Downturn is not unique is historical timeline, but important to understand impact of pandemic.
The world when Covid-19 struck looks unfamiliar because of the timeline of history that we compare to.
For the UK, this downturn was the sharpest downturn in nearly 400 years and with Italy it was the lowest bond yields return since the 14th century. The depth of downturn is not surprising as downturns happen frequently in the context of a longer historical timeframe. What is more important is to understand the implications of a downturn.
The pandemic has accelerated the changes that were already happening pre-pandemic,
which led people to behave differently. For example, the pandemic decreased cash usage and accelerated the cashless trend as well as e-commerce. This is evident in Malaysia, where e-commerce has grown five-fold since 2016. This has implications to supply chains, brick and mortar stores as well as labour markets.
Asian century is about to begin.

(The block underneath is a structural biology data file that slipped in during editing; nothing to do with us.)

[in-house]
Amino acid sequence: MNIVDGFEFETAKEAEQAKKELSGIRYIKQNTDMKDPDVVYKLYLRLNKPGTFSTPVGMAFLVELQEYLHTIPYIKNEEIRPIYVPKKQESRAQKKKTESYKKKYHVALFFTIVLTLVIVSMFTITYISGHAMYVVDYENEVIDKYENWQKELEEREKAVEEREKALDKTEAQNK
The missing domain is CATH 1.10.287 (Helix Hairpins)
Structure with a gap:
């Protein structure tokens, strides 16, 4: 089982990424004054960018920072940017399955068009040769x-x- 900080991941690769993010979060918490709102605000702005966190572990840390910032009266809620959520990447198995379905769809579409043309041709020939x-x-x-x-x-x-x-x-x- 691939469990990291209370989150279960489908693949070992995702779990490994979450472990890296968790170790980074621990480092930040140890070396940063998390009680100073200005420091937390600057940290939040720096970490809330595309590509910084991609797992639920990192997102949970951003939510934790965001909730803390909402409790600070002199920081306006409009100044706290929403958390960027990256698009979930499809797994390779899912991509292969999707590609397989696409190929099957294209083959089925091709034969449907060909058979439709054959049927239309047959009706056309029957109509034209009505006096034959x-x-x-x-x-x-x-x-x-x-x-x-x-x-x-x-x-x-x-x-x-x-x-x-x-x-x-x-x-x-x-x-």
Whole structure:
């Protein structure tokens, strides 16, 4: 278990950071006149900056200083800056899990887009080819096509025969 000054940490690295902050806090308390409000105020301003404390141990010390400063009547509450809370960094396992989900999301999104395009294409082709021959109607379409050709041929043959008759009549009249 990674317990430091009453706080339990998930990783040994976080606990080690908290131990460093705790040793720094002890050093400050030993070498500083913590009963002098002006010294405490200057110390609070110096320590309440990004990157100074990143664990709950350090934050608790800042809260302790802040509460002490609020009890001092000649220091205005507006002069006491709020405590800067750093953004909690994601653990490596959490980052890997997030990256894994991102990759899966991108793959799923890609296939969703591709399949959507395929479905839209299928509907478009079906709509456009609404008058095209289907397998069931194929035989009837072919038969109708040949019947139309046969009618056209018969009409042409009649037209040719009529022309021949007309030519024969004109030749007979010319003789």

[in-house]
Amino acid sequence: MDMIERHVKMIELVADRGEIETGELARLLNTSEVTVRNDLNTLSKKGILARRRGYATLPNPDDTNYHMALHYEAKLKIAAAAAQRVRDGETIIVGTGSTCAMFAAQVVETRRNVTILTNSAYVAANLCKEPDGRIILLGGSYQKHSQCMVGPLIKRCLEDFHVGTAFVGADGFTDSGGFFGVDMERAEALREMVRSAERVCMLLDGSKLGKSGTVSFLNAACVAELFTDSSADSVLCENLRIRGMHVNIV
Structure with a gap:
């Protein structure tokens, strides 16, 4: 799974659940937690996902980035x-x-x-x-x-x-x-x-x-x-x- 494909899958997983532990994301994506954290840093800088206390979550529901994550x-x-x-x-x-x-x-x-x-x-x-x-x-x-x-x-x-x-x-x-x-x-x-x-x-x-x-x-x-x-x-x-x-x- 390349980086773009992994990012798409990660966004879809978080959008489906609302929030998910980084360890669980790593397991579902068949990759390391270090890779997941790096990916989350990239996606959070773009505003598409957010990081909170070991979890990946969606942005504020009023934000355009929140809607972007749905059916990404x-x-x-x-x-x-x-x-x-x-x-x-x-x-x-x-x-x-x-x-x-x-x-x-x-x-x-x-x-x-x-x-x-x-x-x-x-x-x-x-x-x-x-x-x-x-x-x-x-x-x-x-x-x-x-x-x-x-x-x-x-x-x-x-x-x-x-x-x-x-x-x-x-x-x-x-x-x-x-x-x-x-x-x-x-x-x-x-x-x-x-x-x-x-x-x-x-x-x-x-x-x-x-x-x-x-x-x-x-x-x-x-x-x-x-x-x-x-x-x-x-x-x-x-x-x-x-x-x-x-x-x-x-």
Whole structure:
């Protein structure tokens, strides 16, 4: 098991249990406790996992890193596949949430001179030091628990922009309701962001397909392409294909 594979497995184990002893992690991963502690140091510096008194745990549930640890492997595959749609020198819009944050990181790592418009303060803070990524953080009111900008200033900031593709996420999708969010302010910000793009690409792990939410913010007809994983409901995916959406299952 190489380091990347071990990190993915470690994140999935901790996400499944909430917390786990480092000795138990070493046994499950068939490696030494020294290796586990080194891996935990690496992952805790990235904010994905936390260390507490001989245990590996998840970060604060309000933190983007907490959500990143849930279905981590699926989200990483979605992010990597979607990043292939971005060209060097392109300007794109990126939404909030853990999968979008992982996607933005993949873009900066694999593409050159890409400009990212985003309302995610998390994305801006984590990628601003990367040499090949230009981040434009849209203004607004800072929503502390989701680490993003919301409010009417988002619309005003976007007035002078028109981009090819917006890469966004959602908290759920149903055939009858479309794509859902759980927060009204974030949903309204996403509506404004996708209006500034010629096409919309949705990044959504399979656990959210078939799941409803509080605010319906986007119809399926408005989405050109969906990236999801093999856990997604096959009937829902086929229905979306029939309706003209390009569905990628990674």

Asia is rising.
The share of big global GDP has switched from the Western countries to the Emerging Seven. Asia has room to increase income and scale for growth compared to developed markets, albeit in different velocities.
Countries need to be aware of security risk and climate change.
Regional tension and sovereignty are real concerns, especially due to the “Cold War” between China and US. But it is important to maintain our independence from external pressure. Impact on climate change needs to be thought through as the rise of populations and mega cities increase fragilities and present big challenges.
Deglobalisation has major implications and short-term pain.
Interest to onshore production after supply chain disruption.
The pandemic highlighted the heavily reliance on supply coming from the East, so there is a possibility that Western firms will move their workforce out of Asia to produce new jobs in developed countries.
Cities benefit from interconnected trade links.
Rise of civilizations is associated with global trade. Trade connections allow different civilizations to share products, spices, ideas and even cultures. Countries ought to think ahead about maximising positive impacts whilst mitigating the risks post-pandemic.
Crisis preparedness requires forward thinking.
If countries are always reacting to problems, rather than proactively thinking about their immediate fragilities, it would be extremely difficult to overcome these problems. The biggest hurdles aren’t in economy, but in political decision making.